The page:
On Sunday afternoon Donna Caponi, a 25-year-old Californian, walked shakily off the 18th green of the Muskogee Country Club, the winner by a stroke of the 1970 Women's Open and for the second successive year the country's champion female golfer. To defend her title Donna had beaten 126 other women with all the attendant liver-eating and agony that customarily go with such an accomplishment. Also she had walked 15 miles over the fields through 100° heat under an Oklahoma sun that stood not much higher than an elephant's eye. Just for good measure, Donna and the other girls had played some of the holes to a serenade of firecrackers set off by good old Oklahoma boys celebrating the national birthday. To the environmental hazards Donna added some horrendous golf on the 72nd hole, which she double-bogeyed with six shots that would have driven the average hacker straight to his local pro for six jiffy lessons in how to hit—well, just about any shot you can name.
Still, when the scores were totaled and the gauntlet, so to speak, run, Donna picked up a non-negotiable trophy and a check for $5,000. Taken out of context, the money may seem more than adequate compensation for playing any sort of a game under any conditions. However, if this were a just and severely rational world, Donna's check would have been for $30,000, the amount paid Tony Jacklin a few weeks ago for winning the men's U.S. Open. Which is another way of saying Muskogee made Women's Lib seem pretty reasonable.
Assuming that any golf tournament is worth paying to watch, then by objective standards of judgment a good women's match is in many ways a better buy than stag golf. It is possible to see what is going on, for one thing, crowds being moderate and opportunities for close association with the performers many. At men's shows, the Armies and Fleas prevent all but the most persistent and pugnacious from seeing much. And a lithe, emotionally expressive girl in a short skirt generally makes a more attractive spectacle than a paunchy, balding male who, for reasons of masculine tradition and ego, usually wears a frozen, I-am-stalking-a-lion, do-not-disturb mask.
So why did Donna carry away only $5,000 and Tony $30,000? The main reason, of course, lies in the almost incredibly explosive power of the men's game; a lot of good weekenders could have matched Miss Caponi at Muskogee, but who could have challenged Jacklin at Hazeltine? But in addition there is a deep-rooted attitude at large in the nation that the Girl Next Door ought to damn well stay there—symbolically at least—and that girls who don't are some kind of freaks. And any girl who moves away to play golf for money is doubly freaky, if not downright kinky.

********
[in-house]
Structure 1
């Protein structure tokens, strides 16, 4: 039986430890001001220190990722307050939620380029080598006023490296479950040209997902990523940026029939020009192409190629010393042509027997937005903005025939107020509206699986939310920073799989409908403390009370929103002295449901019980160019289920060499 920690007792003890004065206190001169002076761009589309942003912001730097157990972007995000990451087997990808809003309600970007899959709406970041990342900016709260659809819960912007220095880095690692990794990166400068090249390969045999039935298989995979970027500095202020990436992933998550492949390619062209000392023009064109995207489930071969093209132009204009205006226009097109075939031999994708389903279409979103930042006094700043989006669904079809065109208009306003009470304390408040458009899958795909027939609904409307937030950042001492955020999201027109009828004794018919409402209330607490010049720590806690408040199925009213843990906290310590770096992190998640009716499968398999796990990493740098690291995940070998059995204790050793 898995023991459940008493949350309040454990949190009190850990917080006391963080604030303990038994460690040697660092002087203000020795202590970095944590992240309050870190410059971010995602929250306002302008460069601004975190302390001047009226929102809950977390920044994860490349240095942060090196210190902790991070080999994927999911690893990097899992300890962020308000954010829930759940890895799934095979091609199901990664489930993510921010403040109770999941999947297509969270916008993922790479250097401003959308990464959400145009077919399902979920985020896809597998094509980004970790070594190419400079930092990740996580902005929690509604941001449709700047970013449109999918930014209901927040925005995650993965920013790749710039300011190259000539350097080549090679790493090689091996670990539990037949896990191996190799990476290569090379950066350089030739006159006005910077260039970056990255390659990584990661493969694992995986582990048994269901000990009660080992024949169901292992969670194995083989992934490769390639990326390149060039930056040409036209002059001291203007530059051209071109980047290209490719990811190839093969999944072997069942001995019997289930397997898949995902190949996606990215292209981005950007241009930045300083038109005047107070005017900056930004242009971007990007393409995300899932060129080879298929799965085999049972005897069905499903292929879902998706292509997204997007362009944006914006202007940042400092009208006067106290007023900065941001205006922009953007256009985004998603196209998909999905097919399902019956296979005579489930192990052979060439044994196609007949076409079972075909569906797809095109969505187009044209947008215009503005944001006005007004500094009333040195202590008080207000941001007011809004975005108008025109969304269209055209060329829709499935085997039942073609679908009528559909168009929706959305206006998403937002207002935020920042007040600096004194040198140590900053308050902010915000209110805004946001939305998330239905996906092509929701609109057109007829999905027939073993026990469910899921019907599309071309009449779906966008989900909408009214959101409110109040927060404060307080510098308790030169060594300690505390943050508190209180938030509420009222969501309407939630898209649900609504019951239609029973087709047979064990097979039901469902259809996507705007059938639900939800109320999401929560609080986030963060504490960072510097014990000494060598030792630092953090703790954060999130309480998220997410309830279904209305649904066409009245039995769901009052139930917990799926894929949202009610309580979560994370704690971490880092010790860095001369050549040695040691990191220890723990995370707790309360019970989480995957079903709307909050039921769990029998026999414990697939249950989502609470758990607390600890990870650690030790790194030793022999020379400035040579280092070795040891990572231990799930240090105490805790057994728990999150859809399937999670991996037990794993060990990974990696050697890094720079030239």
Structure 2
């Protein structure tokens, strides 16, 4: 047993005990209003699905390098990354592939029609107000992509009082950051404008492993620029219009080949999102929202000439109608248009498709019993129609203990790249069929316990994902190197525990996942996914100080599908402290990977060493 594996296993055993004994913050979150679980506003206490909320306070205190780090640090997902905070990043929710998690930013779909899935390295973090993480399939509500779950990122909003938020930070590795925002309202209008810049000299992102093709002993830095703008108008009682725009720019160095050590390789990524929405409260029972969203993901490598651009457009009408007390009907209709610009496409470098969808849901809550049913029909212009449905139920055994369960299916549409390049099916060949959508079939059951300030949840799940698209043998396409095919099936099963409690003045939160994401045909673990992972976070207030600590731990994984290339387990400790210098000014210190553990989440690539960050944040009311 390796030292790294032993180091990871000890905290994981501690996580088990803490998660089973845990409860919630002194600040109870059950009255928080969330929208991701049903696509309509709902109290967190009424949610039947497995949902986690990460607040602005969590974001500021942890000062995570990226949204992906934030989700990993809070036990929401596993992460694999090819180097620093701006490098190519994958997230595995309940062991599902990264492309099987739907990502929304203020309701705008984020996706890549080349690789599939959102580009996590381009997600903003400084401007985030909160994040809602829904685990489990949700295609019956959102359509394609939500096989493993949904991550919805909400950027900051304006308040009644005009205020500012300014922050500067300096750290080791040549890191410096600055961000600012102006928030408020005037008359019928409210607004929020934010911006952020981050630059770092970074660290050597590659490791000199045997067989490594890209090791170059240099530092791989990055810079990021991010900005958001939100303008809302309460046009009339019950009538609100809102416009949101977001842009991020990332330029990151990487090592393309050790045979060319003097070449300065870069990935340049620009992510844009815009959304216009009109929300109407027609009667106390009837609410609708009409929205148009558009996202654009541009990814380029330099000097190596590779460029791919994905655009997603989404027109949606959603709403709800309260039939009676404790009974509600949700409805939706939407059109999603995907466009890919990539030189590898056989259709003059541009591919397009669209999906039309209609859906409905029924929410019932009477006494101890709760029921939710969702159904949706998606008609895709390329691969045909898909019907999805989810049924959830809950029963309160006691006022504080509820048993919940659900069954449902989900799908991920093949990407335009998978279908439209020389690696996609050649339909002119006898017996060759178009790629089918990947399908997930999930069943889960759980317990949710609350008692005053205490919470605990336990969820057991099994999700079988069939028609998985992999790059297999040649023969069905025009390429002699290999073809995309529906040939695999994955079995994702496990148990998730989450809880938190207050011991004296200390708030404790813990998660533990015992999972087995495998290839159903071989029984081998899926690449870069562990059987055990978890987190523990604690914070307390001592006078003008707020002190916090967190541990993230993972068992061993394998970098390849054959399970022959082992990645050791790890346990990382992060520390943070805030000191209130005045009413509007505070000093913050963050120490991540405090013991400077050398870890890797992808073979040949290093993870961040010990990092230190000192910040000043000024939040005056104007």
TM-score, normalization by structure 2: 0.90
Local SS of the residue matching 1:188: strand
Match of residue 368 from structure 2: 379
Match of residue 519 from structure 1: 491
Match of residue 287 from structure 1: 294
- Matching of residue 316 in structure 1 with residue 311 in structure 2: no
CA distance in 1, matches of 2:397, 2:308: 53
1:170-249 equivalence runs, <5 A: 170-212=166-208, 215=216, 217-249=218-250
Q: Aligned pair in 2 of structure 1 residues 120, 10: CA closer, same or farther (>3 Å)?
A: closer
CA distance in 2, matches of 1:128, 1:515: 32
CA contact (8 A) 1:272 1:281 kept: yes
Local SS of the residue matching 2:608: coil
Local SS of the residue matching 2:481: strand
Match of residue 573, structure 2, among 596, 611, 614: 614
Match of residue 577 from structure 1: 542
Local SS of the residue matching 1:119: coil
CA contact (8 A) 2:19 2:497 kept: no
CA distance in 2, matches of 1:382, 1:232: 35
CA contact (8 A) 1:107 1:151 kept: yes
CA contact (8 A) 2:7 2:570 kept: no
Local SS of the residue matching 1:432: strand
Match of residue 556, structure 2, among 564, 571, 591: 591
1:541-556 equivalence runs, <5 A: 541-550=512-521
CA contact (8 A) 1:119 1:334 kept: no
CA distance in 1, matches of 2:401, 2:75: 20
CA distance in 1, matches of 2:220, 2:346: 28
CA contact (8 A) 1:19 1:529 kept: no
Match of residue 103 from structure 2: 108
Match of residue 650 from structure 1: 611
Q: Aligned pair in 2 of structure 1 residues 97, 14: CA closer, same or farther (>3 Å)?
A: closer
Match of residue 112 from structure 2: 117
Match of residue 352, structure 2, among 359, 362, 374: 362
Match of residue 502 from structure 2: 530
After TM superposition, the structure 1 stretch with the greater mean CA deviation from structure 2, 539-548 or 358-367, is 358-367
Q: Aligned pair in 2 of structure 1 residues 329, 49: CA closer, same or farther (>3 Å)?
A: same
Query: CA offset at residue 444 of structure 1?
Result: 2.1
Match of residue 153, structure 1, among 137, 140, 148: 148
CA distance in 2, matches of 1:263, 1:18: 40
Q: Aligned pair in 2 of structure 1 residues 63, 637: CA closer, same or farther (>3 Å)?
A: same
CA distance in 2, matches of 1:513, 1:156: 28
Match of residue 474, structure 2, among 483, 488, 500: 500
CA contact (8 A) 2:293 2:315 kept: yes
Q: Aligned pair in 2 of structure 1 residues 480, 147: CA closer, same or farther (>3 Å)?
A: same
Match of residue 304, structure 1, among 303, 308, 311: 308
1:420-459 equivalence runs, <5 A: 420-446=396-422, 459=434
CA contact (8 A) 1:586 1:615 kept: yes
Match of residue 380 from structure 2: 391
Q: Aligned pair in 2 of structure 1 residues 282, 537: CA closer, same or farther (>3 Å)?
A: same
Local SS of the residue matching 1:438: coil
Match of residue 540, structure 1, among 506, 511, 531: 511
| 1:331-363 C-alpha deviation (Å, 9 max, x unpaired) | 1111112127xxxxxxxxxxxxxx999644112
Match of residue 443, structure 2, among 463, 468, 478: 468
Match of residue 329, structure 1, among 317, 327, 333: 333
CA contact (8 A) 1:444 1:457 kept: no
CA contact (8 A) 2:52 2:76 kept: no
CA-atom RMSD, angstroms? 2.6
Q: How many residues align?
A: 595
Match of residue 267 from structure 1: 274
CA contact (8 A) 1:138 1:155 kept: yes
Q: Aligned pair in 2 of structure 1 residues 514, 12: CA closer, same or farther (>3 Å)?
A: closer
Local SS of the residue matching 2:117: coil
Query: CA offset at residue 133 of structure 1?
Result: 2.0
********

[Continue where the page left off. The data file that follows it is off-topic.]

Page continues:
Touring women golf professionals, it is true, do not look exactly like the Girl Next Door, being as a rule more tanned, fit and muscular. Their life style is nomadic and therefore suspect. When, as Jo Ann Prentice once put it, they come to town and then go out on it, they are stigmatized as swingers; when they stay in their motels and relax, they raise other sorts of questions.
But women pros live lives that would drive many Girls Next Door right up the walls. They master intricate skills beyond the temperamental and physical capacities of most. And they endure for paltry sums professional indignities no male pro would countenance.
So it was at Muskogee. It was a tournament in which the amateurs—golf's equivalent of the Girls Next Door—were not a factor. The thing was settled among the pros—the Caponis, the Manns, Englehorns, Spuziches, Whitworths, Prentices and Haynies—and ultimately between two of them on the final green.
On the first two days it had been Donna and Carol Mann, who came to Muskogee with her golf game shaky, her need acute to justify it and herself. "I want to get back together," Carol had said. Thursday and Friday she did, playing three under par and sharing the lead with her good friend Donna. But on Saturday she lost it, and her 77 dropped her back of the pace, behind a bunch of girls named Sandra. Donna Caponi, meanwhile, had the Open practically won on Saturday. The three Sandras—Haynie, Spuzich and Palmer—lagged four or more strokes back, and Donna seemed impervious to sun, heat and fireworks.
In point of fact, she was beginning to unravel and, going into No. 18 on Sunday with a two-stroke lead, she saw her game nearly collapse. She hooked her drive, pushed a second shot wide and short of the green, pitched over it, scuffed a chip and finally got on, needing a five-foot putt to win. The ball fell into the cup only in its act of dying, and after the earth turned just enough to help.
Strangely enough, of all the women pros, Donna Caponi seems most easy to identify with the average girl. Her father and younger sister Janet both follow the same calling, and turning professional seemed, if anything, normal for her. But the image is misleading. "I know it sounds terrible," she said before the Open, "but I know I am going to win. I've been charging myself up for this for months."
What might fairly be said is that Donna Caponi is a thoroughly professional woman with the kind of discipline, stability and fortitude that the really ideal Girl Next Door could well use.